A smart home shouldn’t just be easy to control, it should genuinely make life easier. With the smart home constantly evolving, there’s a wider range of products available, covering far more categories. Where possible,we’ve listed devices that make it easy to communicate with other devices.


Smart thermostats are one of the most popular choices for homes. They use clever techniques to shut down your heating earlier, saving money. According to statistics from Tado, customers save around 19% on energy bills, which could work out to around £110 a year. Nest quotes between 8.4% and 16.5% savings. If you buy a system that connects using OpenTherm, you can save even more money, as this system lets the smart thermostat modulate the boiler’s heat output to the most efficient level to heat your home, often pumping water at lower temperatures through your radiators for longer periods.

There are two main types of smart heating systems. Smart thermostats control your entire home and replace your old dumb thermostat, while zoned heating lets you control rooms individually, typically through smart radiator thermostats.


Water leak sensors are designed to warn you when there’s water in your home. They’re designed to sit flat on the floor and tell you when there’s standing water, so you should place them in areas you’re most likely to get a problem: under a boiler, the kitchen sink, washing machine or other plumbed-in appliance. Most also have temperature sensors to warn you if your pipes are at risk of freezing. Samsung SmartThings has a Water Leak Sensor(£24) and the Honeywell LyricW1 (£60) is a good standalone alternative


Smart fire alarms not only tell you when there’s a problem by sounding a loud siren, but they also send you an alert, so you’re warned if you’re out and about. The downside with most of these products is that you can’t install them in kitchens unless you place them more than 3m from cooking appliances. All smoke detectors have to be replaced every 10 years. The Nest Protect (£90) is a powerful smart smoke and CO alarm. It’s intelligent, talking to you to say what the problem is, and an alert can trigger an emergency recording on any Nest cameras that you have. A good alternative is the Netatmo Smart Smoke Alarm (£90). This model gives you similar features to the Nest product, but it’s also compatible with Apple HomeKit, so you can also use it to start the automation, such as turning on lights in an emergency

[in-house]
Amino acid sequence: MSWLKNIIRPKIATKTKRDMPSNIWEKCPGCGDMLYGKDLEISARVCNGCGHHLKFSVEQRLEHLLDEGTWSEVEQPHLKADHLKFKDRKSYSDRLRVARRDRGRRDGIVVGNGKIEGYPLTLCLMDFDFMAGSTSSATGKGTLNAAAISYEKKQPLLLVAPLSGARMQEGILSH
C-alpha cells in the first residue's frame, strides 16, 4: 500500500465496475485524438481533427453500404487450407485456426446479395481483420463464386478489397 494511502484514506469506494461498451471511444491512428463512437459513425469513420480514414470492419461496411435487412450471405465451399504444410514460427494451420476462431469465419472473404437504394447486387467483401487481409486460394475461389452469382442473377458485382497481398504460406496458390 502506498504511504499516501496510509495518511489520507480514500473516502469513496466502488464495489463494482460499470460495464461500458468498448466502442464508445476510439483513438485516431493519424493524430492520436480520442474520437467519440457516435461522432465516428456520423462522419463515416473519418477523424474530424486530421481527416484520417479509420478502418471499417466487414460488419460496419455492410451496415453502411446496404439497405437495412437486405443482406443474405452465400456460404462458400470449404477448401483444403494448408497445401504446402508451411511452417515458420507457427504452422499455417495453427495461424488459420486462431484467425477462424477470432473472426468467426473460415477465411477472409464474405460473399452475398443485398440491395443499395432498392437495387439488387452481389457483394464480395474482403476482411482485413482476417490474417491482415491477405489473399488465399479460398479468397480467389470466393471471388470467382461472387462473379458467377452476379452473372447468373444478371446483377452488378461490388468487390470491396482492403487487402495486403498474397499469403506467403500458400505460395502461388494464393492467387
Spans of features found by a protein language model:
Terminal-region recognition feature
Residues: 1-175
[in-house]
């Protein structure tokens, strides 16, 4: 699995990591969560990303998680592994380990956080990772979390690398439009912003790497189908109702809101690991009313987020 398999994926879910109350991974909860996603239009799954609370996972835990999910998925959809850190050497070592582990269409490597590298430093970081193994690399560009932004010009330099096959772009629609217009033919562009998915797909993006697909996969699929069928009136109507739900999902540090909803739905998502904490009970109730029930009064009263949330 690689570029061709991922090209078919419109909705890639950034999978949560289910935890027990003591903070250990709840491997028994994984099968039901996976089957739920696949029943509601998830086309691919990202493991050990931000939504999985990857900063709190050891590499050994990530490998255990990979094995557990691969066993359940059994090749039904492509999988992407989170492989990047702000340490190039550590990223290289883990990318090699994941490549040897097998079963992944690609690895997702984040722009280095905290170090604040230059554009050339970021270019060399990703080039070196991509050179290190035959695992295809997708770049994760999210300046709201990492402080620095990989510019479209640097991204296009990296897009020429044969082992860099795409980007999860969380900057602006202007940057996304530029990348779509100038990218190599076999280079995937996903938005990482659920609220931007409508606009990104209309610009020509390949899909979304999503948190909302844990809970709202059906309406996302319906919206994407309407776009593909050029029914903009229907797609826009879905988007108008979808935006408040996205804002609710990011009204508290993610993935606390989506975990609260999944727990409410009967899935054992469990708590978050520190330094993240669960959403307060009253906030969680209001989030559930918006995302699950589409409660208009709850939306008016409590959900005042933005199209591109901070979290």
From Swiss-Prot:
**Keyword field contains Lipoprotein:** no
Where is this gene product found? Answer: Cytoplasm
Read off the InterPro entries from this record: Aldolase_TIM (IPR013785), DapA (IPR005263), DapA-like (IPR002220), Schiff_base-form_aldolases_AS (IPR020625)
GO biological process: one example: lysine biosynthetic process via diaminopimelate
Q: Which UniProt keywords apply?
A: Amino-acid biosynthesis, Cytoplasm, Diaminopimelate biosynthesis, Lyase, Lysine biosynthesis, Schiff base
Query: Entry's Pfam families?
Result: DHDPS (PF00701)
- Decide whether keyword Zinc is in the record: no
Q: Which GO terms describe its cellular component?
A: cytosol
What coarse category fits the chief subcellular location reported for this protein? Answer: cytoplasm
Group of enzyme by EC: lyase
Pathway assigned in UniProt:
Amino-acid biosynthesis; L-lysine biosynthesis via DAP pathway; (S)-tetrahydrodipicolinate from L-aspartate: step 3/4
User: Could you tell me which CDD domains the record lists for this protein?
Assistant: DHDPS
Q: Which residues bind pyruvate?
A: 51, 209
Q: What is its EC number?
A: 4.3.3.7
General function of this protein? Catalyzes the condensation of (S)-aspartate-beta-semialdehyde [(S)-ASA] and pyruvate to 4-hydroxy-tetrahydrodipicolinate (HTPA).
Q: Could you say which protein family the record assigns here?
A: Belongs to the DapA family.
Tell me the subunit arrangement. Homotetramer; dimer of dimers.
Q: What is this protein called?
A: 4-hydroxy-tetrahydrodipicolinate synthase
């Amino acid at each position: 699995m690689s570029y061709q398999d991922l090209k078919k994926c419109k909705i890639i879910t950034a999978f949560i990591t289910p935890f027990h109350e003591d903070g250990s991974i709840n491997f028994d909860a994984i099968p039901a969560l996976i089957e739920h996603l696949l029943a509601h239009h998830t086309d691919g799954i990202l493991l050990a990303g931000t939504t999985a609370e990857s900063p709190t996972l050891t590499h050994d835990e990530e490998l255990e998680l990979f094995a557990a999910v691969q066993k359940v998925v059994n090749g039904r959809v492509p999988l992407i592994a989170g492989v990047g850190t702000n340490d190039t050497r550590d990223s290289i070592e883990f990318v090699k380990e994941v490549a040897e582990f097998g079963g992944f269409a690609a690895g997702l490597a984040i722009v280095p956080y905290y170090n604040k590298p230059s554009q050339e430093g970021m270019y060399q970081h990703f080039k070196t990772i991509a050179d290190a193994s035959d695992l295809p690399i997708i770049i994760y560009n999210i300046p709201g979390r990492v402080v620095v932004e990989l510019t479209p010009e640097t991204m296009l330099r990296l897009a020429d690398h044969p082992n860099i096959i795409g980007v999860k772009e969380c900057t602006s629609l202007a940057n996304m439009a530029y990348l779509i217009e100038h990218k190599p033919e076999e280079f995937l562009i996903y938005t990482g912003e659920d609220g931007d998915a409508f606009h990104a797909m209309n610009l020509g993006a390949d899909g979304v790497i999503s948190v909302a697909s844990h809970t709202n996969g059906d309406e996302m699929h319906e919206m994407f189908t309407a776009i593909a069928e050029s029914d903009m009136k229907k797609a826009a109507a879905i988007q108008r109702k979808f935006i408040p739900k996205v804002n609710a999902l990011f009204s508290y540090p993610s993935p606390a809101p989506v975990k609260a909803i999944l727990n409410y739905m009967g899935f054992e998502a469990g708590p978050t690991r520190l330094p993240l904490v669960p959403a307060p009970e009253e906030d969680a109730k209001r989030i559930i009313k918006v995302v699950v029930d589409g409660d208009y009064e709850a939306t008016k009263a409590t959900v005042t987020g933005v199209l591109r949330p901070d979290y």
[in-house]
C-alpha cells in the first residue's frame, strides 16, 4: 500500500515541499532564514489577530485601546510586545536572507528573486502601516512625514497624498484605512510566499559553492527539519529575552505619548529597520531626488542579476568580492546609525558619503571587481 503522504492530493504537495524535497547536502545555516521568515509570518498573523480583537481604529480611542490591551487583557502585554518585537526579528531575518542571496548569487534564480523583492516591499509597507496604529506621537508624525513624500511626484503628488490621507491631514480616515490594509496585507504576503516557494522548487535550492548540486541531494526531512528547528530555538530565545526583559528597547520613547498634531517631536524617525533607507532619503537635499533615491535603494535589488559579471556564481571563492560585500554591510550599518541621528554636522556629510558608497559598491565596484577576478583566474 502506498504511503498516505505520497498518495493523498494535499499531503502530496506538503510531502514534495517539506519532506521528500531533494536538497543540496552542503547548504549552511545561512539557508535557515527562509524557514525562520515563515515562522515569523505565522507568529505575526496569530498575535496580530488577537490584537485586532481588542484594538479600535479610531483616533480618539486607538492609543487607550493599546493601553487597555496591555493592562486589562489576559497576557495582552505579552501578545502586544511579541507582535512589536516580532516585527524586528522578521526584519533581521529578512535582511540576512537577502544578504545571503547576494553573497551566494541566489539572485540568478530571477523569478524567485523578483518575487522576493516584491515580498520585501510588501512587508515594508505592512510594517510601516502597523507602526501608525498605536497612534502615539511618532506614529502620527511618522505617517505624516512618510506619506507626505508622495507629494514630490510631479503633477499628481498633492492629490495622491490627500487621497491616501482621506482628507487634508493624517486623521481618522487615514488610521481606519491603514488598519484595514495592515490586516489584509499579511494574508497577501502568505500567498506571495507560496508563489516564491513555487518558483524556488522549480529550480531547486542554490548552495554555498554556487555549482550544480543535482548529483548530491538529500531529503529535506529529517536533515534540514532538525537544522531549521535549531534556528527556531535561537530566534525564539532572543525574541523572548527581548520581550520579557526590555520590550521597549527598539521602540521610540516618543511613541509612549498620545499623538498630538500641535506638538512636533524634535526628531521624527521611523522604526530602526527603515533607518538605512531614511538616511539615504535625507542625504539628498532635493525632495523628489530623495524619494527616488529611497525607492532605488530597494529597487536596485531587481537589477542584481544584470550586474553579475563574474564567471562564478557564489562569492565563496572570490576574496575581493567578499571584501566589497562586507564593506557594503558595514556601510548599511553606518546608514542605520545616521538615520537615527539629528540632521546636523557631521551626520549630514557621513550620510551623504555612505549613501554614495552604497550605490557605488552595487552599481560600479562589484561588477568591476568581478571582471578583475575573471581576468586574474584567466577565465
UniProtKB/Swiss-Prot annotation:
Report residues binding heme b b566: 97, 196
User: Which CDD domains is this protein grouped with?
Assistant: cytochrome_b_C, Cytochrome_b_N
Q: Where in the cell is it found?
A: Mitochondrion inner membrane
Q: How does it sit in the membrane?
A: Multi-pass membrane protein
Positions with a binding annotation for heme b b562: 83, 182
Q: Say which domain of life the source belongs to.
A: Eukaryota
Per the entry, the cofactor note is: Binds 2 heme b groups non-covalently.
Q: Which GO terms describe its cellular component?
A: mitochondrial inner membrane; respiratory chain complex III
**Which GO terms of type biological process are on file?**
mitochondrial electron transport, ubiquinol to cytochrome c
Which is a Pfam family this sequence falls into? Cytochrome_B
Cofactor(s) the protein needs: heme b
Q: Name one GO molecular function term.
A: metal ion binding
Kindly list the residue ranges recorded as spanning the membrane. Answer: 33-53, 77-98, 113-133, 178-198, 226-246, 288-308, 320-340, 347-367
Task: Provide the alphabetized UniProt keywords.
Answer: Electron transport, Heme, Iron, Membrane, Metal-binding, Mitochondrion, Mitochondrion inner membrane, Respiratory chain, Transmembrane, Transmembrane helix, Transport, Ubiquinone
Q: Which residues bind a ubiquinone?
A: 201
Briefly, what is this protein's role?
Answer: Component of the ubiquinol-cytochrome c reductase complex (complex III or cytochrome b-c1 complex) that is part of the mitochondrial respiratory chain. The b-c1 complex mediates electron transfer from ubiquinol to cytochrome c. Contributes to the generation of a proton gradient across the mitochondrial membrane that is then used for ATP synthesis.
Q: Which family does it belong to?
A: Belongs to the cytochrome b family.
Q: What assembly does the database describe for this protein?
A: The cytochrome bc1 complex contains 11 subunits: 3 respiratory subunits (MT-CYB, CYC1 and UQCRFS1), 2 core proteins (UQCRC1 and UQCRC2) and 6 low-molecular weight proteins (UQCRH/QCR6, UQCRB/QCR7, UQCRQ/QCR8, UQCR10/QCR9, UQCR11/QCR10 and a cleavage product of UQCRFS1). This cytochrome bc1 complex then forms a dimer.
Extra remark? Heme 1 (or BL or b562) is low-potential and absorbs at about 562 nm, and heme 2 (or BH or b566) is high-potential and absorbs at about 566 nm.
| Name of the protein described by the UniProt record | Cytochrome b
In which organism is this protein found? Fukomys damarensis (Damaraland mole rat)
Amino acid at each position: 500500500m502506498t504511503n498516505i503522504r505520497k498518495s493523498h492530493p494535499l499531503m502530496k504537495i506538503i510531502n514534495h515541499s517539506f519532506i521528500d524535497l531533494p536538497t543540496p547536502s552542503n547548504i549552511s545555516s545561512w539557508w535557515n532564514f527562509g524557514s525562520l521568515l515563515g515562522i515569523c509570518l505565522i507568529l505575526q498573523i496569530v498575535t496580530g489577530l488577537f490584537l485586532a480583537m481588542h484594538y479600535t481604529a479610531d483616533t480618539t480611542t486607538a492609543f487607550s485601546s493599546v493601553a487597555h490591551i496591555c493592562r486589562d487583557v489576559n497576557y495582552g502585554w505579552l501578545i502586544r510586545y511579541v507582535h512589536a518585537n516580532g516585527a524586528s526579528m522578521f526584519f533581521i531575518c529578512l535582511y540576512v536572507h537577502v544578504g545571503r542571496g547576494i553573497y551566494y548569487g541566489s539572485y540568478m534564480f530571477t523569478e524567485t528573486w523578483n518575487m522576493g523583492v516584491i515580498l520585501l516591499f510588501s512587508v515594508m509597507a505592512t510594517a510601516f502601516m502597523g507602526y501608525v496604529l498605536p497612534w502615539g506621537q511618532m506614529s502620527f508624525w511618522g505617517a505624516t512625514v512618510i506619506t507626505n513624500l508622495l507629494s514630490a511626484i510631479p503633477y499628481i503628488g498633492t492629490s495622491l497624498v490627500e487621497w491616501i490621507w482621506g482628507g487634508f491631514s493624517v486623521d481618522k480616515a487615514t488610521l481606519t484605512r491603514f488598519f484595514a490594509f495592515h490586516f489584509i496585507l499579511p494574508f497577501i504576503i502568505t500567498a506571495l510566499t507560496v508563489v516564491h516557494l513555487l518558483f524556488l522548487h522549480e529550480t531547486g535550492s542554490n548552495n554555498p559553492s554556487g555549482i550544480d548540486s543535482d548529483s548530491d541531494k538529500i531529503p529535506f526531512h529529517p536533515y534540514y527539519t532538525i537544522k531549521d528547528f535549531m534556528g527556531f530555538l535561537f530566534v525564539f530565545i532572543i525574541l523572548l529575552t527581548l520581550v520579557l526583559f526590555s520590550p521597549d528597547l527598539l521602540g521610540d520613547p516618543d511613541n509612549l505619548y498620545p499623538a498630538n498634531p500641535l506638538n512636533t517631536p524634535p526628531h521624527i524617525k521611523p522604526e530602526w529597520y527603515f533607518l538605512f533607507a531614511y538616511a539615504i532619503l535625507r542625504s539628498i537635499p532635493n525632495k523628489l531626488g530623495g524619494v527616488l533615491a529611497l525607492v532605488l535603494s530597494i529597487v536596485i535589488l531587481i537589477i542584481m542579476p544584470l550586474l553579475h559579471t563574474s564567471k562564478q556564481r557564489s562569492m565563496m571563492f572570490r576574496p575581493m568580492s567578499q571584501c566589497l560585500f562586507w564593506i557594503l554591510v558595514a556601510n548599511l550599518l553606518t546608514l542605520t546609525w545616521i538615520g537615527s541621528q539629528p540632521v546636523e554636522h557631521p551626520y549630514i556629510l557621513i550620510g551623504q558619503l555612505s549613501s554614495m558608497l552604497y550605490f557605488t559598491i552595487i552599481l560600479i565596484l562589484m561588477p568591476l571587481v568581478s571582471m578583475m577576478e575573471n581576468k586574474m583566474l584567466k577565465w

The range and quality of smart alarms have improved massively. These products work like traditional alarms, but they also send you a smart alert, so you know if someone has broken into your house while you’re away. If you also have security cameras and can verify that someone is in your home, you can call the police to deal with the situation. Smart alarms can be monitored or unmonitored. Monitored alarms have a call center that will bring you if your alarm goes off, and they can dispatch the police if they can view a camera feed, but they can dispatch private security teams for a charge otherwise. Typically, monitored alarms are better when your home is unoccupied forlong stretches or you have valuables for which you want the highest protection levels.


Security cameras are a great way to monitor your home, so you can see what’s going on. We marginally prefer outdoor cameras, as these can spot problems before people break into your house, and we recommend that you buy models with at least a 1080p resolution so you get detailed footage. There are plenty of good options out there, but we have some favorites. If you have a Ring Alarm System, it makes sense to pair it with Ring products: the Ring Stick Up Cam (£89) is a good indoor/outdoor model, and the Ring Floodlight Cam (£249) combines a camera with a security light. It’s also worth buying the RingVideo Doorbell Pro (wired, £229) or RingVideo Doorbell 2 (battery-powered,£179) to protect your front door.

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